On most counselling courses, you’ll develop the confidence to deal with complex emotional problems. You’ll learn to be an active listener and be trained to avoid prejudices or stereotyping when analysing situations. Your role will include empowering clients. Some of the areas you’ll cover are counselling theories, therapeutic play skills, relationship building, ethical practices, person-centred and existential methodologies and creative interventions.

 

Counselling myths vs reality

Myth: Counsellors choose this field to fix their own problems.

Fact: Most counsellors pick this career for personal reasons; whether it’s from good experiences with other therapists, an interest in psychological issues or just a deep passion to help others. Ultimately, helping clients and healing them should be top priority or you won’t enjoy being a counsellor.

Myth: Counsellors are all new-agey, warm fuzzy, cheerleader types.

Fact: Counsellors are normally very encouraging and empathic. Whilst some emphasise the whole ‘you’re good enough and smart enough’ approach more than others, this only makes up one of the many techniques. Cheerleading therapies are more prone on TV and aren’t always used.

 

Top tips

If you’re worried that counselling rape victims, abused spouses or traumatised people might prove overwhelming and spill into your personal life, then some of these top tips that we’ve put together will give you an idea of how counsellors detach themselves.

-          Recognising limitations

Inexperienced counsellors can fall into the trap of feeling solely responsible for their client’s progress. Counsellors are not fairy godmothers/fathers and it’s important to bear in mind that their job is to assist clients through options, hurdles, set goals and formulate action plans.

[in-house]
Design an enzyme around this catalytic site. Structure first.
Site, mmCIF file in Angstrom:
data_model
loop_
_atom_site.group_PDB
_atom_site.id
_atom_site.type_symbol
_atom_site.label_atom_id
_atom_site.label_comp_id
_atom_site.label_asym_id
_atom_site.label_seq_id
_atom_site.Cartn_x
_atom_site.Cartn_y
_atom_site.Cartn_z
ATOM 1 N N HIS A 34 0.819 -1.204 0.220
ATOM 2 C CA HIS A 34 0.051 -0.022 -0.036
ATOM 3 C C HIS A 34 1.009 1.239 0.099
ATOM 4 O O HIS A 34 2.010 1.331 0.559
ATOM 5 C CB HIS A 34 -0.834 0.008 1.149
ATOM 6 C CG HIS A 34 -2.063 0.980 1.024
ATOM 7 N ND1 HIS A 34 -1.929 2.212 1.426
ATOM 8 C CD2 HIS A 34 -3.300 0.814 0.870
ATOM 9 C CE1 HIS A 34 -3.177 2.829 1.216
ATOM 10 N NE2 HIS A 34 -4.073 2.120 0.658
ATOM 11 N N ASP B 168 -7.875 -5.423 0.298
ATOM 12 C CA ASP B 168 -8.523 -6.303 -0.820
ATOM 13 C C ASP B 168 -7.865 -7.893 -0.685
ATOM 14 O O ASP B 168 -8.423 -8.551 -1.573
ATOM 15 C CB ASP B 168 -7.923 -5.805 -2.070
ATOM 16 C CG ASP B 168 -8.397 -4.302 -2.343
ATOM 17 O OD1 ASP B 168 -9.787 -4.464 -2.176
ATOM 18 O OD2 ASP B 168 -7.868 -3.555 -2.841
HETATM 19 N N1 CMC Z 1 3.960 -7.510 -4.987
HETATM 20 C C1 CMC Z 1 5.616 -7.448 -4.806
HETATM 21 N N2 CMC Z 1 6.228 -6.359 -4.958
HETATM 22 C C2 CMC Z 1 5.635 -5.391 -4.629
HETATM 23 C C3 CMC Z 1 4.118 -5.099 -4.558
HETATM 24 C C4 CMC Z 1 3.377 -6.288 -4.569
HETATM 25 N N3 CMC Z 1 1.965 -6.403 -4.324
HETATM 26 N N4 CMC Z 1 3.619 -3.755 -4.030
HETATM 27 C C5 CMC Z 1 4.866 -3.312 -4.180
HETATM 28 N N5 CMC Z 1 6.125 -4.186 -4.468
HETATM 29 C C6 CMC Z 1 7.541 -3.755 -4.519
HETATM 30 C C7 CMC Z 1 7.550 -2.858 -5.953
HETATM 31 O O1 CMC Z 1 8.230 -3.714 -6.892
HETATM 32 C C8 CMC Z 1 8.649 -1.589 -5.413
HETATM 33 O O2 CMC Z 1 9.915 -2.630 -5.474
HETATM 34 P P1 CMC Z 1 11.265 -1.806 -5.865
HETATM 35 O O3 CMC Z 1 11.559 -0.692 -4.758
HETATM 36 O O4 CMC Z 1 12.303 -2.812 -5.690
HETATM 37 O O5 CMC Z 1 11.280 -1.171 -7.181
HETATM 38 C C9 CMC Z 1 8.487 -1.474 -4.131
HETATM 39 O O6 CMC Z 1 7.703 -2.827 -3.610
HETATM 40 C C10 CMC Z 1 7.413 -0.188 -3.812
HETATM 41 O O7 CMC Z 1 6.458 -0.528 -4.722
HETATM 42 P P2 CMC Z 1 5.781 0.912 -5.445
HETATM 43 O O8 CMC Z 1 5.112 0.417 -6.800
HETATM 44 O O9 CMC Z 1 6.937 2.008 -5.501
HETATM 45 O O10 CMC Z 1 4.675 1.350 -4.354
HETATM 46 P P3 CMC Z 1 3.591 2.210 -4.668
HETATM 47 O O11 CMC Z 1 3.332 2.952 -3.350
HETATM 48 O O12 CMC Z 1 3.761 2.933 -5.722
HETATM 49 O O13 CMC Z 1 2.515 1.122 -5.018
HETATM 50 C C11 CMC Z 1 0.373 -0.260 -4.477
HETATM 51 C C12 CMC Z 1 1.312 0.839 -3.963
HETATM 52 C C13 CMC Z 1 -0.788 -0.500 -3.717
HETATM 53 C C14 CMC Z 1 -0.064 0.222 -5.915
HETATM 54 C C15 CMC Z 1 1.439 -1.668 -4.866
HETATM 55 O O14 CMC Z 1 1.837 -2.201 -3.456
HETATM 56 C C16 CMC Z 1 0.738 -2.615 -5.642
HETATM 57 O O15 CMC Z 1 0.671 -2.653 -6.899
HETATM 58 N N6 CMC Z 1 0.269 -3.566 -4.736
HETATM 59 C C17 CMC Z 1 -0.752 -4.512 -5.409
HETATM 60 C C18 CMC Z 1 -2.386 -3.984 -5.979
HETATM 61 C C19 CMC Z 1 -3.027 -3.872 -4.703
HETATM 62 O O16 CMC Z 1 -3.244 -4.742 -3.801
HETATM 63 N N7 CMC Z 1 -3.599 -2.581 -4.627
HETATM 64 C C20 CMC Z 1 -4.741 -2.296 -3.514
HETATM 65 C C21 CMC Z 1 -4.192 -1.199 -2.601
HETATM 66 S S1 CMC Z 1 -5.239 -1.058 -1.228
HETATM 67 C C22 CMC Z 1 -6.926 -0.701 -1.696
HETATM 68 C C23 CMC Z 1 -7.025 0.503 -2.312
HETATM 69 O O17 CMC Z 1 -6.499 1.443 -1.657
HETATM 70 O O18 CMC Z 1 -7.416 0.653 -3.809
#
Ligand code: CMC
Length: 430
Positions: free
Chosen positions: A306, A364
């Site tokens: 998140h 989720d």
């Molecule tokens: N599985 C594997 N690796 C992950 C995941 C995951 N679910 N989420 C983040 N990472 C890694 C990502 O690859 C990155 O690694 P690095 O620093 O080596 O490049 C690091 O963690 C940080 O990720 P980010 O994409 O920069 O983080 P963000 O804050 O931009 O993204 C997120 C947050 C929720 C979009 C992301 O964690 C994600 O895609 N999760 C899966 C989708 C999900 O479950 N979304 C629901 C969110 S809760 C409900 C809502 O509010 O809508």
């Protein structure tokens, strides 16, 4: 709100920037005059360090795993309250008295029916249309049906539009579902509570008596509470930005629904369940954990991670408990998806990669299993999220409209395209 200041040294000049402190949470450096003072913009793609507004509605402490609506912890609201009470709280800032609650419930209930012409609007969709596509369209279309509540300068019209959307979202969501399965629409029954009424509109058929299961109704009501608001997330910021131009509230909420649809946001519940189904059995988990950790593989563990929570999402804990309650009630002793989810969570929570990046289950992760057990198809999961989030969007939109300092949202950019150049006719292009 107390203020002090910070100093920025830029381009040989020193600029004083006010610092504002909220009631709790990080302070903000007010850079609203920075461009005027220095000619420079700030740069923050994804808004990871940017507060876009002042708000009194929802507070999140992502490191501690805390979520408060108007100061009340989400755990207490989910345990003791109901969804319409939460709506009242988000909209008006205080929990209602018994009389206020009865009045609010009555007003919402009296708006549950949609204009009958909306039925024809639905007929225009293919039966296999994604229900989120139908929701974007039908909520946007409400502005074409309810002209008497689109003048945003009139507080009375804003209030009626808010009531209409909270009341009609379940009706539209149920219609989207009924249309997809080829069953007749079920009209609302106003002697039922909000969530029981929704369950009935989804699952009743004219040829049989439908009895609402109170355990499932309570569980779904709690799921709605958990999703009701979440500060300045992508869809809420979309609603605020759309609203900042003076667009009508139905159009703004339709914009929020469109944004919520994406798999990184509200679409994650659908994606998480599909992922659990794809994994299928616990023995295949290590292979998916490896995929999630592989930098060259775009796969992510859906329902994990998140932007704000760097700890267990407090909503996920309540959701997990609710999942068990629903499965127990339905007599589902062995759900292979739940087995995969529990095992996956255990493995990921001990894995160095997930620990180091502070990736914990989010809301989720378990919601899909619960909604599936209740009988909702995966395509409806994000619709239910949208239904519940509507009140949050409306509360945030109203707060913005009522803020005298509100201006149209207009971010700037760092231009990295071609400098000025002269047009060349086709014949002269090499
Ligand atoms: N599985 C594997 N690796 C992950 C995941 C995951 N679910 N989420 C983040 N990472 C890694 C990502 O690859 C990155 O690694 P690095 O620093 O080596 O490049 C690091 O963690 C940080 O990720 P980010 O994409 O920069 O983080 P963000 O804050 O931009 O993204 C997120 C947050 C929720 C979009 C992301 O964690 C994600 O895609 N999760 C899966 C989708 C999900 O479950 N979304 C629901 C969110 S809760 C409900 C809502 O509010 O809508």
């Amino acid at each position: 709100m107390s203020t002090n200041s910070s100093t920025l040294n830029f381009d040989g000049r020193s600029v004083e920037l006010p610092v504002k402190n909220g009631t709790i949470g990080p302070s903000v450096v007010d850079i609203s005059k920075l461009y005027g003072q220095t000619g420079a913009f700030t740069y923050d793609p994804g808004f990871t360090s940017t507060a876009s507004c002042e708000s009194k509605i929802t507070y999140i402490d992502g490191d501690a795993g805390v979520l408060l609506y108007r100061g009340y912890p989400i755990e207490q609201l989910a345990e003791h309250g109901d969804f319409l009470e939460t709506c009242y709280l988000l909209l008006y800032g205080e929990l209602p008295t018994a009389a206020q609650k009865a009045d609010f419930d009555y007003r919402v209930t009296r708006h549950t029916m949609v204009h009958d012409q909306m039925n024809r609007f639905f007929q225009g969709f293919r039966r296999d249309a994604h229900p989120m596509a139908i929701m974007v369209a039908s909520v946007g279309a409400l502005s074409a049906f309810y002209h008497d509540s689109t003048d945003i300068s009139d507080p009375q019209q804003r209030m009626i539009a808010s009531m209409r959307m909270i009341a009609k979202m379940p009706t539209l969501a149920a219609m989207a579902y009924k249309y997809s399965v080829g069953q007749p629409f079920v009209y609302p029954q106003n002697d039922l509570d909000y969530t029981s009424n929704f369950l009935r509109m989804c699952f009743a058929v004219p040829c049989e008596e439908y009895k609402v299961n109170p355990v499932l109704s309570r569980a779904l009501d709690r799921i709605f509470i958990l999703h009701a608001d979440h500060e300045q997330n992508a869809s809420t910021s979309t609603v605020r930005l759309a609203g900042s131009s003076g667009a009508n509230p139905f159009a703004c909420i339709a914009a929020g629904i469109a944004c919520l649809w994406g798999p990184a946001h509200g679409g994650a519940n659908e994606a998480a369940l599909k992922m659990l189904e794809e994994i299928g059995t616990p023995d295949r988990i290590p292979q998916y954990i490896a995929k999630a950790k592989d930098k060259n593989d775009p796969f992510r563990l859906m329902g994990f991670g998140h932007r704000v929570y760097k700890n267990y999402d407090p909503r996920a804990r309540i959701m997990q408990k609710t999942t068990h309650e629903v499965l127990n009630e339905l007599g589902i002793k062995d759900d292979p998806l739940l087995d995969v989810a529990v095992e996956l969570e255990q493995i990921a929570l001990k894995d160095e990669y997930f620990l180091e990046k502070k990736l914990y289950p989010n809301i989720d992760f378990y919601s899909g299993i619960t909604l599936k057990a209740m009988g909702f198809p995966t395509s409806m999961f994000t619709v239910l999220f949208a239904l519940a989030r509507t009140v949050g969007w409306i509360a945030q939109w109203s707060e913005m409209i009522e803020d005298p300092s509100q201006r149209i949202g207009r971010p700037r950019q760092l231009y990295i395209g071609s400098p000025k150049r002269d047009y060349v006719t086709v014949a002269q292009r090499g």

-          Drawing the line

It’s essential to have a critical perspective towards the counsellor-client relationship in order to avoid emotional burnout, misjudgement and unproductive distribution of power. Whilst empathy is a good quality to have, over-compensating it will hinder counselling sessions.

-          Putting a stop to seduction attempts

Because counsellors listen and gain the victims’ trust, many clients end up falling in love with their counsellors. As such, counsellors will have to deal with confused, misdirected feelings.

-          Establishing a strong support of network

Many counsellors who are exposed to violence and cruelty when working with survivors, experience trauma symptoms like disturbing dreams, floating anxiety and difficulties in personal relationships. This is detrimental and similar to posttraumatic stress disorder symptoms. It’s important to always talk to colleagues.

-          Words of wisdom

A professional counsellor advises: ‘Don't be afraid to bring what's yours into the room, but use your own self awareness to separate what belongs to you and what belongs to the client. When you get to work,  imagine a box just outside the therapy room, then put everything that's yours into it, and when the session is finished, pick it all up again.’

 

Get inspired

Look up our Pinterest for more counselling tips, counselling room designs, various counselling careers and interesting materials.